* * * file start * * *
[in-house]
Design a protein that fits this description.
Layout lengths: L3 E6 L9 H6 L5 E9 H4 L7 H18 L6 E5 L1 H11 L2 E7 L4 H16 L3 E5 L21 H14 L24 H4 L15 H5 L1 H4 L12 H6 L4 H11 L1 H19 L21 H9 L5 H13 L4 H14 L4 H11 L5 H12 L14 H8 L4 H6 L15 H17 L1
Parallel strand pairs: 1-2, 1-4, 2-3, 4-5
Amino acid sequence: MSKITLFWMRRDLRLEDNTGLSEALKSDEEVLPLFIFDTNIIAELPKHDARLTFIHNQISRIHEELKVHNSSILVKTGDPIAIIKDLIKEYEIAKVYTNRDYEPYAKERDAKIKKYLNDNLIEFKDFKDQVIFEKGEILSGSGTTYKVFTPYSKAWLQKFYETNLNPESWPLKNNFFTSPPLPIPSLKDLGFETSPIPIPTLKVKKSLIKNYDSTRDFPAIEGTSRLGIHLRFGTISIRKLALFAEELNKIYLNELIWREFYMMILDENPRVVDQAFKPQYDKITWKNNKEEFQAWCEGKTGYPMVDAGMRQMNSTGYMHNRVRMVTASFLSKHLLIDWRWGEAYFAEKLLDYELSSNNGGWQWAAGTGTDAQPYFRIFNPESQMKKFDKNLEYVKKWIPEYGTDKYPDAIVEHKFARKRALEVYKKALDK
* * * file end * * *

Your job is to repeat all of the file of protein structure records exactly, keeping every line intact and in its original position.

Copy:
[in-house]
Design a protein that fits this description.
Layout lengths: L3 E6 L9 H6 L5 E9 H4 L7 H18 L6 E5 L1 H11 L2 E7 L4 H16 L3 E5 L21 H14 L24 H4 L15 H5 L1 H4 L12 H6 L4 H11 L1 H19 L21 H9 L5 H13 L4 H14 L4 H11 L5 H12 L14 H8 L4 H6 L15 H17 L1
Parallel strand pairs: 1-2, 1-4, 2-3, 4-5
Amino acid sequence: MSKITLFWMRRDLRLEDNTGLSEALKSDEEVLPLFIFDTNIIAELPKHDARLTFIHNQISRIHEELKVHNSSILVKTGDPIAIIKDLIKEYEIAKVYTNRDYEPYAKERDAKIKKYLNDNLIEFKDFKDQVIFEKGEILSGSGTTYKVFTPYSKAWLQKFYETNLNPESWPLKNNFFTSPPLPIPSLKDLGFETSPIPIPTLKVKKSLIKNYDSTRDFPAIEGTSRLGIHLRFGTISIRKLALFAEELNKIYLNELIWREFYMMILDENPRVVDQAFKPQYDKITWKNNKEEFQAWCEGKTGYPMVDAGMRQMNSTGYMHNRVRMVTASFLSKHLLIDWRWGEAYFAEKLLDYELSSNNGGWQWAAGTGTDAQPYFRIFNPESQMKKFDKNLEYVKKWIPEYGTDKYPDAIVEHKFARKRALEVYKKALDK